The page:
The way I run it is to not use a needle valve at all. I use the peristaltic pump to push tank water in at a fixed rate. Currently at about 27ml/min, iirc. It's the slowest my pump will go. I then set my Apex to turn off CO2 if it ever reaches 6.9. This is only a fail safe. My solenoid stays open practically the whole time. I use the CO2 reg and the very precise vernier metering valve to regulate the amount of CO2 entering the CaRx. I can easily dial it up or down thus controlling the concentration of effluent.


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  12. roostertech

    roostertech reef noob

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    On CO2 regulator, you get what you pay for. There are a lot of cheap regs out there. But unless you want to deal with leaks, working pressure fluctuation, get a decent one.
     
  13. Ibn

    Ibn Supporting Member

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    Or build your own. Built this one awhile back with help from Ian for a planted setup. Straight SS.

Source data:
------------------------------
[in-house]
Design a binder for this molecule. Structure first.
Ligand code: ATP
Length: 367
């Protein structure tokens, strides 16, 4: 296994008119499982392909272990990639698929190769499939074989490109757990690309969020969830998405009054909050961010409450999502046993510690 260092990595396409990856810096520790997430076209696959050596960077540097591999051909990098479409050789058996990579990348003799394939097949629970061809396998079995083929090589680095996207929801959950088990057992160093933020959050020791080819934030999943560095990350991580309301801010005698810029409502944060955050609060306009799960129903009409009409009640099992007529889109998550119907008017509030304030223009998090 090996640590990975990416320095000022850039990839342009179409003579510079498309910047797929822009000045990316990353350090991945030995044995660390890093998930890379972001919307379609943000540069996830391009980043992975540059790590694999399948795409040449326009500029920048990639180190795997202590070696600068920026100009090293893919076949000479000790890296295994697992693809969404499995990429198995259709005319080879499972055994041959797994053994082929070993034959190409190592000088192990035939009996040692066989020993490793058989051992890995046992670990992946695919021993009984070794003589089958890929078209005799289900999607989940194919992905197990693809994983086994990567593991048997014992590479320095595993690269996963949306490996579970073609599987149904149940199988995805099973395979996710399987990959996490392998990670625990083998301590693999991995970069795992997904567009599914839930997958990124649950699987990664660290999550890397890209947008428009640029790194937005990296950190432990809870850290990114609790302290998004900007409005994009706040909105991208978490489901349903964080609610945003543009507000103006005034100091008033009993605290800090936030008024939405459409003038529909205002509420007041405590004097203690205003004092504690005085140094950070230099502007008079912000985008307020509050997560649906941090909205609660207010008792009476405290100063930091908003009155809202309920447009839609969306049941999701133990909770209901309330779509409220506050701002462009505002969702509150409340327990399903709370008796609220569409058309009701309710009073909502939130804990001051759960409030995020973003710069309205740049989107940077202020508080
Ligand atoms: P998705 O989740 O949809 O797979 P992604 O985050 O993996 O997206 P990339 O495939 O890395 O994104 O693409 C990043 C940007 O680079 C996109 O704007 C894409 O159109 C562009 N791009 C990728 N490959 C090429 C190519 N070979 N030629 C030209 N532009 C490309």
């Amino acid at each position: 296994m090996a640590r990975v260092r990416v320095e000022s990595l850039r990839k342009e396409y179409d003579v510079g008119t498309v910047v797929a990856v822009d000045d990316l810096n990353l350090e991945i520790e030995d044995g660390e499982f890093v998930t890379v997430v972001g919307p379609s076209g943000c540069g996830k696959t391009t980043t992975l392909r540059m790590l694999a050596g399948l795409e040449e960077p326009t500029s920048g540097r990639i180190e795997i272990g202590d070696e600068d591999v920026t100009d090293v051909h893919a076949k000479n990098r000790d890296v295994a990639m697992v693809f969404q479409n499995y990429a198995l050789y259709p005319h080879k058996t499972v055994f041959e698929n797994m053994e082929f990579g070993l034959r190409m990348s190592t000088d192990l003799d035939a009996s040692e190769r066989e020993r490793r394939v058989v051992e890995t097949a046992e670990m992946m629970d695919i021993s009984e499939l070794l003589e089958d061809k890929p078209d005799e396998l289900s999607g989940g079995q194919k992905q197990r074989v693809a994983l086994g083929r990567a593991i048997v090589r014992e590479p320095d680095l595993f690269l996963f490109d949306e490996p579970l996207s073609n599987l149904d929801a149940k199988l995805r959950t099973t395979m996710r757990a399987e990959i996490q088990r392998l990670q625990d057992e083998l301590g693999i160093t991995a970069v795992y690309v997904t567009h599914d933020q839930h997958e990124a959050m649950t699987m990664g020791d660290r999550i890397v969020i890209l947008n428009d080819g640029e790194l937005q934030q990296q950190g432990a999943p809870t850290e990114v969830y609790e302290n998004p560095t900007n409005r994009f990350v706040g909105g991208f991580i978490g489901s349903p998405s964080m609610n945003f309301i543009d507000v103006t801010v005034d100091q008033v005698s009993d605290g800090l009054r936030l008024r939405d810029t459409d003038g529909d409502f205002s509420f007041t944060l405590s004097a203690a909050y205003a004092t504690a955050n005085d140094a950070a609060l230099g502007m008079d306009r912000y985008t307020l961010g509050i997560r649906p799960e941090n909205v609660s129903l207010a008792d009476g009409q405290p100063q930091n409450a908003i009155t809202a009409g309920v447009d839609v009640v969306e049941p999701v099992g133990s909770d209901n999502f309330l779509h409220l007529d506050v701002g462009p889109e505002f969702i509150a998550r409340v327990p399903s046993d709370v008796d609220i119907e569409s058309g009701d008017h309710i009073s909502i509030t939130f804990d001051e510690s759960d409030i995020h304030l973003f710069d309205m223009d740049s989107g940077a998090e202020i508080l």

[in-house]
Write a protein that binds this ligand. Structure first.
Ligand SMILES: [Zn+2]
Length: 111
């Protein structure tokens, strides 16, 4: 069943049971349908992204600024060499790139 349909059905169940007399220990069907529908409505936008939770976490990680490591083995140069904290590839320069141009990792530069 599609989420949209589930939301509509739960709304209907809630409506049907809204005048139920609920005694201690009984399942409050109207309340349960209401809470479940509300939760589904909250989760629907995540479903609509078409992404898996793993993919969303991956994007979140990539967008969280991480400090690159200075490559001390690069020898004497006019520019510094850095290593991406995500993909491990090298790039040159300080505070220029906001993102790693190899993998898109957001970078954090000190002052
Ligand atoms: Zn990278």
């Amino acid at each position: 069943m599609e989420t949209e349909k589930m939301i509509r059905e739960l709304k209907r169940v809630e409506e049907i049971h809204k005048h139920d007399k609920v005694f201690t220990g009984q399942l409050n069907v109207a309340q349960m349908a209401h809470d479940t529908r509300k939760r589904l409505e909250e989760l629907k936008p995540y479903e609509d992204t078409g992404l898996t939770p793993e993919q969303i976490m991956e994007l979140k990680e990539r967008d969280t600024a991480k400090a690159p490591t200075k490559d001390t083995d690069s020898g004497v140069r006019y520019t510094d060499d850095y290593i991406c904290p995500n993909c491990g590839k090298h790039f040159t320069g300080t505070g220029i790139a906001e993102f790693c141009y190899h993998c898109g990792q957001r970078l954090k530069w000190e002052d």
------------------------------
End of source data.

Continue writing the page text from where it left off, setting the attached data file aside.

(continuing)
[​IMG]

    [​IMG]

    [​IMG]

    [​IMG]
     
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  14. rygh

    rygh Supporting Member

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    Nice info!
    Interesting about using the low speed peristaltic pump non-stop, that makes a lot of sense.

    My concern with CaRx is how to adjust Alk / Ca separately if it is not balanced.
    And my system balance has varied hugely over the years.
    Right now, with my auto-water-exchange and using IO salt mix (high alk), I dose way more Ca than Alk.
    But before, when I had almost no hard corals, and few water exchanges, I was dosing way more Alk.
    I guess I could adjust the salt mix...

    But I have been looking to switch. In doing DIY Alk+Ca, I do not dose any other elements unless I do it by hand.
     
  15. Flagg37

    Flagg37 Colorado member

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    You answered one of my questions but not how much it all cost.